I have been witnessing a growing trend in many organizations. I call this trend “managing to avoid,” in which goals are set and decisions made simply to avoid failure. Instead of setting a goal that will challenge and stretch the organization to grow, a goal that is just slightly better than current performance is set. Instead of making decisions to go after major opportunities, managers are deciding they “don’t stand a chance” at getting that significant a deal, so they choose to “not waste time.”

Failure is to be avoided, so they manage to avoid instead of managing to achieve. Failure is inevitable at some level in anything we do. In business, we cannot expect to win ever bid, sign every client, or close every sale. However, we will never generate revenues from deals we don’t pursue. We won’t achieve goals we don’t set.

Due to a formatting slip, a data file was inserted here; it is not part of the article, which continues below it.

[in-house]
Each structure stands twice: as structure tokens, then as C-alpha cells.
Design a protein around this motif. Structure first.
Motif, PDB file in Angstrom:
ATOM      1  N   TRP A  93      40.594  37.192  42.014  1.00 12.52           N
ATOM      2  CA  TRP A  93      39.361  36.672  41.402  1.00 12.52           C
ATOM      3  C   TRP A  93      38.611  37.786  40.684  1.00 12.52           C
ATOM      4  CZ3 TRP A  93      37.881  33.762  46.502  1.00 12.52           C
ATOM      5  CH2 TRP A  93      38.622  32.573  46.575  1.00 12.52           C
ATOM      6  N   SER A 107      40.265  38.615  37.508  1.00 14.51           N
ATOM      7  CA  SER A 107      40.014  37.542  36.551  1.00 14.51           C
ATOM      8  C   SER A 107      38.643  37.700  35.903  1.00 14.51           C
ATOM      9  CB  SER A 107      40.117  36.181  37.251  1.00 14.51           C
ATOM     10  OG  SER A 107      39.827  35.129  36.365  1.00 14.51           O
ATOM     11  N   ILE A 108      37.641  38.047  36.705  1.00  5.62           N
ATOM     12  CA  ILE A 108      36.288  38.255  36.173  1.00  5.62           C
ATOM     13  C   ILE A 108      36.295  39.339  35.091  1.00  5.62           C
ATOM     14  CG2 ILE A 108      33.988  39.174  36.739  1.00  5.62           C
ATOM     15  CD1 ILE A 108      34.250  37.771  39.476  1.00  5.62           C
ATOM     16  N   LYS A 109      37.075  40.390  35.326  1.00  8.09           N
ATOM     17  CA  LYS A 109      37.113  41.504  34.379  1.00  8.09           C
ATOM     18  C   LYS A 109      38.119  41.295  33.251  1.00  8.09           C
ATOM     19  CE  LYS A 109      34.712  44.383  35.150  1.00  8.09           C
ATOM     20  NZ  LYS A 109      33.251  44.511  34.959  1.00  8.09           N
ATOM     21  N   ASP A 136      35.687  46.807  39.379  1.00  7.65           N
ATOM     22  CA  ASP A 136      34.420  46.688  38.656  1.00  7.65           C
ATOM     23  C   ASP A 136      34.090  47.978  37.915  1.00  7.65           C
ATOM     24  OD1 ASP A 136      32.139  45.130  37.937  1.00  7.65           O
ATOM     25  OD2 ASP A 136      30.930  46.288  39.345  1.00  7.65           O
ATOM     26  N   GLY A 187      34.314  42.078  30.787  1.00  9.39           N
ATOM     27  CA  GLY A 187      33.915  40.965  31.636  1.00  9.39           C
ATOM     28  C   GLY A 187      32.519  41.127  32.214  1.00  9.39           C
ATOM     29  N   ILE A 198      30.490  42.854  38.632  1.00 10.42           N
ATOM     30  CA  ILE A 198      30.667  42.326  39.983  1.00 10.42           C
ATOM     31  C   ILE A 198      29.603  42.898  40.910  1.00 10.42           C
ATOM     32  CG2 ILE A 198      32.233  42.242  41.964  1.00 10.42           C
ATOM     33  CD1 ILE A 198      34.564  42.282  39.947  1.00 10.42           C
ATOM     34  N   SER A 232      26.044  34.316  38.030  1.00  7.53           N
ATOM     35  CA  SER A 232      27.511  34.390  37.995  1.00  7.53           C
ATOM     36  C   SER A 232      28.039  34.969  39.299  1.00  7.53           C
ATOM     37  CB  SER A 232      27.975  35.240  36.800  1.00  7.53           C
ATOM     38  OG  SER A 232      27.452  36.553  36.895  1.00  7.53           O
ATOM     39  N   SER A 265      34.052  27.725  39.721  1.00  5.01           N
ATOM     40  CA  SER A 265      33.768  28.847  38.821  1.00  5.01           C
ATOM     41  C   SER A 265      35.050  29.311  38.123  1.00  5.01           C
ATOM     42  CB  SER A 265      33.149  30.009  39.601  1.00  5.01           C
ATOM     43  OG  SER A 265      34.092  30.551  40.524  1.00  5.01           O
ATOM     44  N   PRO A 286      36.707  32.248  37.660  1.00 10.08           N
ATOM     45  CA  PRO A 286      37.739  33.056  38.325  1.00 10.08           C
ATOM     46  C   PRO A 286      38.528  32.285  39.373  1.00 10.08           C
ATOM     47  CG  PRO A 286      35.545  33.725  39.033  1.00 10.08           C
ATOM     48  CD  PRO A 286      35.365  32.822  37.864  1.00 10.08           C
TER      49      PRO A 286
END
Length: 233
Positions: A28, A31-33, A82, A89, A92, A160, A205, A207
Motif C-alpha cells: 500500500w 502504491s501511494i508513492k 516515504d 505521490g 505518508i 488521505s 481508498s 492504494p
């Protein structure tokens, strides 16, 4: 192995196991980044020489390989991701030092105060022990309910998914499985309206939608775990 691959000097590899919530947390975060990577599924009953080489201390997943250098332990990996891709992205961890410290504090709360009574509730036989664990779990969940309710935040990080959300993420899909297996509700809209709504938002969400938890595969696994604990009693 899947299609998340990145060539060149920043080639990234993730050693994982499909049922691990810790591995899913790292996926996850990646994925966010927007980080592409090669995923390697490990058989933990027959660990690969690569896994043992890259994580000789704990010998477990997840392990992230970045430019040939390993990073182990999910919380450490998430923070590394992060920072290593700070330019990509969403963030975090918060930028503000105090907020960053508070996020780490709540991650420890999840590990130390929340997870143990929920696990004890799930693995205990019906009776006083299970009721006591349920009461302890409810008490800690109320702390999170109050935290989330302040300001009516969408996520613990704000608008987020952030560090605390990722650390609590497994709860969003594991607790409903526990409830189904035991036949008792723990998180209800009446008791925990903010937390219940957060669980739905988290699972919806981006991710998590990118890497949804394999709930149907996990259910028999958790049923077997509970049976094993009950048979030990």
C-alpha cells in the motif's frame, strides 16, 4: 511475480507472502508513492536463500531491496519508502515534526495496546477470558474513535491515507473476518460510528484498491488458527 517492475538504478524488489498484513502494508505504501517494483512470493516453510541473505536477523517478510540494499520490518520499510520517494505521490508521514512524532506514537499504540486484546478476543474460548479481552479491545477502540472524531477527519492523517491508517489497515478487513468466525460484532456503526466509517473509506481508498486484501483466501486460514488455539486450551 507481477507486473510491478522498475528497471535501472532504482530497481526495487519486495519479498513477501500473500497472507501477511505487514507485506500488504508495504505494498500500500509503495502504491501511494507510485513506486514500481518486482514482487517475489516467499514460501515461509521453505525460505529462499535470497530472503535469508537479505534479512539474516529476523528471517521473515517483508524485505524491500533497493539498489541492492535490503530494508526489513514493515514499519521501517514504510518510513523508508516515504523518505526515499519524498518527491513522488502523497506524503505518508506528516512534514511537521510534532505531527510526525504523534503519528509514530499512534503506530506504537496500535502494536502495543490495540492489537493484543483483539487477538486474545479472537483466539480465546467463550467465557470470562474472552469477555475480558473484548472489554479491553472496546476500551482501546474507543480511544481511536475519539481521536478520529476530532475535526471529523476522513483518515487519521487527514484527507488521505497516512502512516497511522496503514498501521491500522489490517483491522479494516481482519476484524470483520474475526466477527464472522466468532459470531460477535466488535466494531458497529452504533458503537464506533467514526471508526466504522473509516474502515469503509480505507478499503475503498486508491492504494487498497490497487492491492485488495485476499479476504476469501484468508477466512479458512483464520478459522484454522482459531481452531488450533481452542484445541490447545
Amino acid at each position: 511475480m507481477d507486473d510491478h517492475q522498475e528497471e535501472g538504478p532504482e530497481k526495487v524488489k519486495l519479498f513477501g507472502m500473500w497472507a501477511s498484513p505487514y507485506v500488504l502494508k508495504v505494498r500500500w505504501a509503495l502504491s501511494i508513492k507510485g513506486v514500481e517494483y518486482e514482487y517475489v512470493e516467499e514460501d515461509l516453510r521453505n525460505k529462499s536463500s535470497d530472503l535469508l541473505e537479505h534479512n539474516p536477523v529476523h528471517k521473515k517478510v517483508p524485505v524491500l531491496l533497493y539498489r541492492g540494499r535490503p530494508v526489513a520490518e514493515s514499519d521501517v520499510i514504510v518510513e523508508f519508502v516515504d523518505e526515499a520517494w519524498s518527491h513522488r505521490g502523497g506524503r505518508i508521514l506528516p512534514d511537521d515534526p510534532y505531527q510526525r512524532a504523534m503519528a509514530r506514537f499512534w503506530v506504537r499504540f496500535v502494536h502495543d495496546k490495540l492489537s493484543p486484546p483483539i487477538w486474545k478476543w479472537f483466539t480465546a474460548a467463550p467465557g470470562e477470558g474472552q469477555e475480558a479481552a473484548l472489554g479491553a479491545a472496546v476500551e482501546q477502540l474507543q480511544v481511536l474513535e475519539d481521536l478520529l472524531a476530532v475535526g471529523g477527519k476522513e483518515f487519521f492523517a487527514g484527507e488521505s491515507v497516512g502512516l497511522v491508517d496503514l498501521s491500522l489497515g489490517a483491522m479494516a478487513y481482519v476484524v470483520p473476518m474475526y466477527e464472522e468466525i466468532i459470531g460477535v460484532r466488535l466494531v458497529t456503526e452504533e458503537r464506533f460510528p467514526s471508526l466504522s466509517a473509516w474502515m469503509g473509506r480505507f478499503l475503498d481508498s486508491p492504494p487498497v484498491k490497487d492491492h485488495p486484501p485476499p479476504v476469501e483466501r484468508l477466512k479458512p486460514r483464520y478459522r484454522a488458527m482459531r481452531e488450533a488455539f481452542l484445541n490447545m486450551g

I am not advocating that you go after a customer that you don’t have the capacity to serve. I am challenging you to get out of your comfort zone and go after deals that stretch your abilities, that are just a bit bigger than you are used to doing. I have had clients that spent as much time going after a $1000 deal that could have been spent going after a $100,000 deal. They were capable of more, but they were afraid to watch their metric on “deals closed” go down. If you want your business to grow, then think about setting growth challenges. Teach your organization to grow by managing to achieve and avoid missing great opportunities.

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